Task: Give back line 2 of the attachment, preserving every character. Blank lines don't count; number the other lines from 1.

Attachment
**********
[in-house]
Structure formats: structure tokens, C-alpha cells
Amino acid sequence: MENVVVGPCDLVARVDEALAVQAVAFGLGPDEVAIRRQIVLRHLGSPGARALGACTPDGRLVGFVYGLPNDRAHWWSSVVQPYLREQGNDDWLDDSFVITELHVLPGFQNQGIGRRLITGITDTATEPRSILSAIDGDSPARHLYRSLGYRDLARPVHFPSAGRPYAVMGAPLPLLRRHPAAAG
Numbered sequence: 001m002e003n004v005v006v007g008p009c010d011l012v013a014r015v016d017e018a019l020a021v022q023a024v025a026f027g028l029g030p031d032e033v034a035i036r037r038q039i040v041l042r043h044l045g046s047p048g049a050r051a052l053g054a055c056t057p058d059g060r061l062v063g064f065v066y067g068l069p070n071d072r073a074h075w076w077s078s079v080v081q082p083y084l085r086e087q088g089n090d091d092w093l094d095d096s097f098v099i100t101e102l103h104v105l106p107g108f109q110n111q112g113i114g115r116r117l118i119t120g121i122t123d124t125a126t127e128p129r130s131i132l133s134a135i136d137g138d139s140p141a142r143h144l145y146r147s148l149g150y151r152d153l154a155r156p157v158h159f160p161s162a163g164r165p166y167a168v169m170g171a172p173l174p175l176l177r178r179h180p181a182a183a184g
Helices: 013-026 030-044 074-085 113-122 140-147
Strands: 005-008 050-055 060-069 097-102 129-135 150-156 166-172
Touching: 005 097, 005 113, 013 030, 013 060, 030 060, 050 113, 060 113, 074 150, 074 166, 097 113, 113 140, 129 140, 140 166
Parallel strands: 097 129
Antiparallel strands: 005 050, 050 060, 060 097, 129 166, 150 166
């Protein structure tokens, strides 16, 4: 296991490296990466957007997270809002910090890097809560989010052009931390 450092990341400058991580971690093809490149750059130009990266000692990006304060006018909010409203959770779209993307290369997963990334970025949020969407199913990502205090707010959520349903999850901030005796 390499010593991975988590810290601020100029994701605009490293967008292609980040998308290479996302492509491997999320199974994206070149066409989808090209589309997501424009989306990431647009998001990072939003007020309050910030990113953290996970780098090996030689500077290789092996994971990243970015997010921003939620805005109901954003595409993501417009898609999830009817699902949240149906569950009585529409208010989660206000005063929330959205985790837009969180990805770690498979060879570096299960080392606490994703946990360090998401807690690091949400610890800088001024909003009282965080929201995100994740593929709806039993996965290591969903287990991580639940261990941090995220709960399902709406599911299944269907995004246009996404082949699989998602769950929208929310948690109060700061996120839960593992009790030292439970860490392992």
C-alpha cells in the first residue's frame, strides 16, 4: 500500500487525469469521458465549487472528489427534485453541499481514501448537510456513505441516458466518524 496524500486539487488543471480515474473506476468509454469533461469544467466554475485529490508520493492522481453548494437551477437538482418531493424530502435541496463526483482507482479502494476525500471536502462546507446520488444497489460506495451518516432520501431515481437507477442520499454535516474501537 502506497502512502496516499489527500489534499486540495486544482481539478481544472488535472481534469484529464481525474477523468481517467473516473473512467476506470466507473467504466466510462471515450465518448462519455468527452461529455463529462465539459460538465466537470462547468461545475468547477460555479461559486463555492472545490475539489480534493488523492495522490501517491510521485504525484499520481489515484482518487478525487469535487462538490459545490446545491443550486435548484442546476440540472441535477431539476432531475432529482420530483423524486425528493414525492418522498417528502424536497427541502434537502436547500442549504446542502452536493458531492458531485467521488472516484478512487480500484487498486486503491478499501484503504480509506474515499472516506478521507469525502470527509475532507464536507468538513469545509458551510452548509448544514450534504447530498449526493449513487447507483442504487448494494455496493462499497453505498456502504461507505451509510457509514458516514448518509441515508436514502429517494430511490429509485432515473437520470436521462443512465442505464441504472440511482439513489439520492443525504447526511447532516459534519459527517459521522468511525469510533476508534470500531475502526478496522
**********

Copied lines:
Structure formats: structure tokens, C-alpha cells